Corporations Wrote a Law Requiring Climate Denial be Taught in School. Tennessee Just Passed It.
Would you let corporations decide how climate science gets taught in your kids' classroom? That is exactly what is happening—Tennessee just became the 4th state to pass corporation-written laws dictating how global warming is taught in public schools. And they did it with ALEC.
The American Legislative Exchange Council represents one of the most pernicious trends in modern governance: the increasingly substantial extent to which corporations and wealthy individuals buy direct access to the policy-making process. ALEC may be little known at this point, despite being one of the targets of recent Occupy Wall Street protests, but it is already influencing just about every sphere of our lives.
ALEC Exposed, a group working to do exactly what its moniker would imply, sums it up thusly: "Through the corporate-funded American Legislative Exchange Council, global corporations and state politicians vote behind closed doors to try to rewrite state laws that govern your rights. These so-called "model bills" reach into almost every area of American life and often directly benefit huge corporations." In other words, it's a pay-to-play regime that allows corporations to draft 'model bills' that go directly into the hands of sympathetic policymakers, who can then adopt them for actual legislation.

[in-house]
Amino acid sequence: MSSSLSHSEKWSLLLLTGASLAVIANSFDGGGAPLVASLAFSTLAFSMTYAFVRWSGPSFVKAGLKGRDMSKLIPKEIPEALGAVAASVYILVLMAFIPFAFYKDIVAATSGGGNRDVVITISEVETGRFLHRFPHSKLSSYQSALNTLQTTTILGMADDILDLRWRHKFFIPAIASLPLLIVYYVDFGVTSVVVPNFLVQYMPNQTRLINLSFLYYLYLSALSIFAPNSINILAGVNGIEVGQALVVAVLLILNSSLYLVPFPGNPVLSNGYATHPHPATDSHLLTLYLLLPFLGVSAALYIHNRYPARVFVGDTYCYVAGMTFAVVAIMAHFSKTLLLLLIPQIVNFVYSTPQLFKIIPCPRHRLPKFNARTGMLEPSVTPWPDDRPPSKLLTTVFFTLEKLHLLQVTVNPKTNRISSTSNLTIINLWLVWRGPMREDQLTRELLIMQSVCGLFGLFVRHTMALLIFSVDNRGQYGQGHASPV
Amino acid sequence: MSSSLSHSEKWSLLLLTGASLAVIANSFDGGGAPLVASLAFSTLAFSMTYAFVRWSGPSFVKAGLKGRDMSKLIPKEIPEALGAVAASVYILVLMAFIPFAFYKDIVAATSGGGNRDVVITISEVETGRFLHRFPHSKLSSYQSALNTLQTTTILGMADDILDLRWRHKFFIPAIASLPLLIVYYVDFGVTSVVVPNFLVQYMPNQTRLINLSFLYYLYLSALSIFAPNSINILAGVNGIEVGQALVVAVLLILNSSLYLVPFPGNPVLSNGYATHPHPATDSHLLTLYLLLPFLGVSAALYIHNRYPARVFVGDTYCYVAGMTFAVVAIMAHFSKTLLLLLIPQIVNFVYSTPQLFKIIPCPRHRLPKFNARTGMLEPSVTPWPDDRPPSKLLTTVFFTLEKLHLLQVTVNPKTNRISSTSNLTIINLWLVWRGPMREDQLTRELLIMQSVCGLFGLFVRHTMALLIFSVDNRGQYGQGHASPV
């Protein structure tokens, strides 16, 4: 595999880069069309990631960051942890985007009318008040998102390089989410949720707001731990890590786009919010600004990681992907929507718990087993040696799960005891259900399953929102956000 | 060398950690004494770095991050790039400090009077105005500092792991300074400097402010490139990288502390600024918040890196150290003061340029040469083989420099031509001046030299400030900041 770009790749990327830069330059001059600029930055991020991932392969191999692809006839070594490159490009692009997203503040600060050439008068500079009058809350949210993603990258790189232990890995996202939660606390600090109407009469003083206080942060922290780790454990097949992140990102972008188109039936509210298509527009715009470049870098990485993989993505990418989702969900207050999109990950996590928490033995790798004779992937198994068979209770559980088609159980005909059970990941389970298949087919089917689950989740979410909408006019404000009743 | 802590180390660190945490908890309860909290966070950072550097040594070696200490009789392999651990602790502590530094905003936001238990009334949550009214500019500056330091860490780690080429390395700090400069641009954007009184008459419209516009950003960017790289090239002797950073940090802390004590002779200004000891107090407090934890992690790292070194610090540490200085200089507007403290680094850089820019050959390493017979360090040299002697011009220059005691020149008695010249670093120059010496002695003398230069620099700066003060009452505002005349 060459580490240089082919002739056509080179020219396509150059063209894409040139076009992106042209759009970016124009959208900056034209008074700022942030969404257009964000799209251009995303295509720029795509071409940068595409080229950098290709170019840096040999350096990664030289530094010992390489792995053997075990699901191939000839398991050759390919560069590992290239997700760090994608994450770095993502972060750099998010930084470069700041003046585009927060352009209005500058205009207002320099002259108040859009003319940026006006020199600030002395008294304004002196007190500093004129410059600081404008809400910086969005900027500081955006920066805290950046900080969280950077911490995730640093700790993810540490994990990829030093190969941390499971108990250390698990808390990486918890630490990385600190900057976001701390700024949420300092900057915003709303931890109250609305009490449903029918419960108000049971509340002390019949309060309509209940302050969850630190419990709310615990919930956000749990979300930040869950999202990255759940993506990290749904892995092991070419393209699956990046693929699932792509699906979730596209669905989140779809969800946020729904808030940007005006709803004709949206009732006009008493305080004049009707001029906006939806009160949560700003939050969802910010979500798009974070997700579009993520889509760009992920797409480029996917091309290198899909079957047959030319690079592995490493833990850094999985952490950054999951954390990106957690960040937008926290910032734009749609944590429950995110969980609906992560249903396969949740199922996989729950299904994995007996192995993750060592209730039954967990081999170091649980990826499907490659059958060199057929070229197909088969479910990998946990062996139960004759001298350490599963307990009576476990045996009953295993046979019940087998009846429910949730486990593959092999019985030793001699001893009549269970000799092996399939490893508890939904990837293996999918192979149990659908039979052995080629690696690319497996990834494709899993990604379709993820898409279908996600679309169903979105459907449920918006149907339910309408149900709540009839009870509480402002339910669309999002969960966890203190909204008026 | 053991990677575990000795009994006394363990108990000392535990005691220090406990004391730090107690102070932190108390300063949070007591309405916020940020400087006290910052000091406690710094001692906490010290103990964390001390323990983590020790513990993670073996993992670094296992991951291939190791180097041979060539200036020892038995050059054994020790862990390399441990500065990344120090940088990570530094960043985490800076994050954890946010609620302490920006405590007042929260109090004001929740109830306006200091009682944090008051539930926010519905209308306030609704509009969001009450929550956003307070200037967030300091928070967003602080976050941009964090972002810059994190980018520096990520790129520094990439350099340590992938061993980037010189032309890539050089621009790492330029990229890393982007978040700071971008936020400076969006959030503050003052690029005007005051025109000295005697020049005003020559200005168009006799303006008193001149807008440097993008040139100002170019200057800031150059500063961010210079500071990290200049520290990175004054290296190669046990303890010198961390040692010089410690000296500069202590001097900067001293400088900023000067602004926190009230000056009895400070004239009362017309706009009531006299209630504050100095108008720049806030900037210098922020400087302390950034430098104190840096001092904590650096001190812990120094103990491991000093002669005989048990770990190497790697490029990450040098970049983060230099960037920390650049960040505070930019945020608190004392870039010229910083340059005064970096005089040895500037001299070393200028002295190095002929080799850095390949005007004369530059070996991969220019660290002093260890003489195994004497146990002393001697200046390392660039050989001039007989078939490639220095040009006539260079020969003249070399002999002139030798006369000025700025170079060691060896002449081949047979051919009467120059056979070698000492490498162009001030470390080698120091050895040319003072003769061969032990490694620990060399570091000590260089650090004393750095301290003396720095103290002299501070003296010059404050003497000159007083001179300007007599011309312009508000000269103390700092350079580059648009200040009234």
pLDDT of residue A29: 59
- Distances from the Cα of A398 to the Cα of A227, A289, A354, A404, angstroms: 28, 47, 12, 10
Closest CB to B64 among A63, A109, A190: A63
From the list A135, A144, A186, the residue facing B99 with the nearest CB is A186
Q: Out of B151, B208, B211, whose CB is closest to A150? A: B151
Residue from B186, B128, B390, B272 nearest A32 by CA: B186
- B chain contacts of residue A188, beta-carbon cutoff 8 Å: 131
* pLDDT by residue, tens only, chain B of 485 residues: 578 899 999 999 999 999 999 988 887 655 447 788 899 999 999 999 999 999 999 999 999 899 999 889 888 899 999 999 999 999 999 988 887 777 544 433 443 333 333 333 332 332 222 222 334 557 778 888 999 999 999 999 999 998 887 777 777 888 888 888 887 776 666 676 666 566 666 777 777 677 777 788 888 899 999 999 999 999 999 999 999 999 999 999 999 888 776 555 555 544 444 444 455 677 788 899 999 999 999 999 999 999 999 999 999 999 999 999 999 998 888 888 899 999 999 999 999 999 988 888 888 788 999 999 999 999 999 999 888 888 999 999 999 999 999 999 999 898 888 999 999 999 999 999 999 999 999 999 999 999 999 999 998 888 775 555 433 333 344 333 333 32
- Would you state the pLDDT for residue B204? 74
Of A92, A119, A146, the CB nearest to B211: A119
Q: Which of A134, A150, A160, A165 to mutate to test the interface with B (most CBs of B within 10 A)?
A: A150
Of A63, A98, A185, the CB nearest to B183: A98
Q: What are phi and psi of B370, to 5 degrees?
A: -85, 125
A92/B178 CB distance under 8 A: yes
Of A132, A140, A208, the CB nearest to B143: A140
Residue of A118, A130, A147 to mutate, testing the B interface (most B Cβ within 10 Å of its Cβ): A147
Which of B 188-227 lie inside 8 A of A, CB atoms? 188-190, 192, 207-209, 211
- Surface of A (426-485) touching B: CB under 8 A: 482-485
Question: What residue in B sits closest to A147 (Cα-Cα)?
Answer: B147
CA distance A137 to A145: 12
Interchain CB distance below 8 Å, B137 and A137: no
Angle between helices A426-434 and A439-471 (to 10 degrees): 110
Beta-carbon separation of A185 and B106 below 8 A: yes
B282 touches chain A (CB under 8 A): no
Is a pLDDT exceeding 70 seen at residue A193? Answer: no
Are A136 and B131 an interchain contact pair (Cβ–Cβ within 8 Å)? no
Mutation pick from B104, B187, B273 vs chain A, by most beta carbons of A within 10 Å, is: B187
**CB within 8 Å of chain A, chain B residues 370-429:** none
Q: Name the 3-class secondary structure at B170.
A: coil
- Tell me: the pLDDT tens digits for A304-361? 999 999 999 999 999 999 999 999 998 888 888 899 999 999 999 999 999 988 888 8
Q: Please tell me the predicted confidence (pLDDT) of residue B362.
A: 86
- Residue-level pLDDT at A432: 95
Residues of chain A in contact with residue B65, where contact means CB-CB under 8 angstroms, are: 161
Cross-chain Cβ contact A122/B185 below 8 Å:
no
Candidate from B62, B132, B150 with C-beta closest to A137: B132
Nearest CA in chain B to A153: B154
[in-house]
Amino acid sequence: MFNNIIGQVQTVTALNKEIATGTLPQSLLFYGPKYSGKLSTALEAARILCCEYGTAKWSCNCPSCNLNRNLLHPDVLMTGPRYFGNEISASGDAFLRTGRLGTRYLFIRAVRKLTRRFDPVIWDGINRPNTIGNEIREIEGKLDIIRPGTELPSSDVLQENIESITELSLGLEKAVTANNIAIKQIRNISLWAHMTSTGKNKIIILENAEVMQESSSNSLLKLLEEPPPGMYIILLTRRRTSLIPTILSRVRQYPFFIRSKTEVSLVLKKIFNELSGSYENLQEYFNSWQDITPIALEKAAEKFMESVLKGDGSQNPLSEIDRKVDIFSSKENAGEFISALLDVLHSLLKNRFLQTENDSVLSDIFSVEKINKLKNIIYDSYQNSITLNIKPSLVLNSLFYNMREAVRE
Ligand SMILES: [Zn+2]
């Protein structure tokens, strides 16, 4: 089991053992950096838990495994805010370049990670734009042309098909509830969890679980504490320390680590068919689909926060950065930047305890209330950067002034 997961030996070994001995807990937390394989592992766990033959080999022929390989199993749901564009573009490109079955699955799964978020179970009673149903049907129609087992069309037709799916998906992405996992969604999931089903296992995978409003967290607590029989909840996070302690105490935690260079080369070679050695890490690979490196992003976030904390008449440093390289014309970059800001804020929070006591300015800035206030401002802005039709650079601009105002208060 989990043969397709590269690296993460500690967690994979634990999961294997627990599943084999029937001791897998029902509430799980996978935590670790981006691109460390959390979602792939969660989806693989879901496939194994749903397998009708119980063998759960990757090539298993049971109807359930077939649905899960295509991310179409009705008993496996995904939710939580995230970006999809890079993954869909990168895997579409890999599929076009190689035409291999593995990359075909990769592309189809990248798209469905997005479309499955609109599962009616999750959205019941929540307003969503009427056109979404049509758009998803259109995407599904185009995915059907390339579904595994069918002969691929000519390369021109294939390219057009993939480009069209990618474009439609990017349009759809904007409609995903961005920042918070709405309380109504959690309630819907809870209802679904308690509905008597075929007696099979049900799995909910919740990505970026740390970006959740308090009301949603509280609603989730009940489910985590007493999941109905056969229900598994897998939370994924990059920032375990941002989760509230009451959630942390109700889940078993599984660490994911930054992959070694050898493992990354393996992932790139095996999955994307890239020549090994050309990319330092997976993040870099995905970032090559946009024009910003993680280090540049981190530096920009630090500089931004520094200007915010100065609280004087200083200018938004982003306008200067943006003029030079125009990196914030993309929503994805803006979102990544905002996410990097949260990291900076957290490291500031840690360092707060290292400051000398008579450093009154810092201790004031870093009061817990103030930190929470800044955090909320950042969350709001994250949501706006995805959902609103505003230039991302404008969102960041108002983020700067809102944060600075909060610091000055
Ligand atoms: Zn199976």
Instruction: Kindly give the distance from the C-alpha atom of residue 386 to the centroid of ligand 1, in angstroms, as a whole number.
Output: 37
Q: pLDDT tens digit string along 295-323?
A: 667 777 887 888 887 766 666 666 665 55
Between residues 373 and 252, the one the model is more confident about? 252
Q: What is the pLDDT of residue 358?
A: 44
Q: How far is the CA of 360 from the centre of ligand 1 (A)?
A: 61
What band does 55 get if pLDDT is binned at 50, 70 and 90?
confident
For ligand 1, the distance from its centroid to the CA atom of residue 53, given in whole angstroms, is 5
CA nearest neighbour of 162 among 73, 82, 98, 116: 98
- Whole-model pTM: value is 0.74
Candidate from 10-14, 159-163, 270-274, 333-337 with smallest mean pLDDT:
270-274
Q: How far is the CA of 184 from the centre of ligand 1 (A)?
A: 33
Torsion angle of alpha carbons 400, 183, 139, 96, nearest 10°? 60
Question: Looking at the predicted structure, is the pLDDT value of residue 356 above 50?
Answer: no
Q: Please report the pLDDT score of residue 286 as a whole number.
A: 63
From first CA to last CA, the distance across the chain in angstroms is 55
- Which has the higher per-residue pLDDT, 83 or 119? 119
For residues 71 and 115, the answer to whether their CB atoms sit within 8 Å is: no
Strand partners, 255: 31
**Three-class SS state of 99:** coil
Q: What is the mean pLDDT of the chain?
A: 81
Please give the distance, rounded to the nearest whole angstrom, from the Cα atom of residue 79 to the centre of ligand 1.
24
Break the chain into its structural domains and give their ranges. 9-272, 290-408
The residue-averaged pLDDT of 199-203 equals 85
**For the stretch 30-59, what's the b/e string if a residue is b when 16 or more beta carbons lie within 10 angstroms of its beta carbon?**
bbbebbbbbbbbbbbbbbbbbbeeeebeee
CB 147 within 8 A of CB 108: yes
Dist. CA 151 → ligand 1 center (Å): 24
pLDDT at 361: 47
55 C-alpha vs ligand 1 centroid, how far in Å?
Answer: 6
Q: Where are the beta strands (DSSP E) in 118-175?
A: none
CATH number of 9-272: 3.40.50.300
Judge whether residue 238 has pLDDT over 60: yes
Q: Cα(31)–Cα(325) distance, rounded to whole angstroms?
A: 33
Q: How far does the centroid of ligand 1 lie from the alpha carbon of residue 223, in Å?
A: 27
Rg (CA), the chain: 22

One such model bill has just passed the Tennessee state legislature, and this one mandates that schools teach climate science as a theory alongside other 'credible' theories—like those ones preferred by fossil fuels companies, for example, that hold that global warming is caused by solar cycles and other nonsense. Sound familiar? This is the same structural tactic employed by creationists to try to discourage the teaching of evolution in schools.
DeSmogBlog explains that the bill was opposed by almost every respectable scientific institution—and was passed by a margin of 70-23 anyway. Tennessee joins Texas, Louisiana, and South Dakota in passing such 'model' legislation. As a result, children in each of these states are apt to receive a confusing, less fact-based climate science education. Of course, climate change is widely accepted by scientists; an overwhelming consensus agree that human activity is indeed causing the planet to warm. But many corporations, especially those in the oil and coal industries, have an acute interest in stirring as much doubt as possible amongst the public about that consensus view.
So, with ALEC facilitating the process, those corporations get a stab at molding our childrens' science education into curriculum that portrays their activities in a fundamentally more sympathetic light. In short, the whole operation is twisted—and it's a cancer to democracy itself.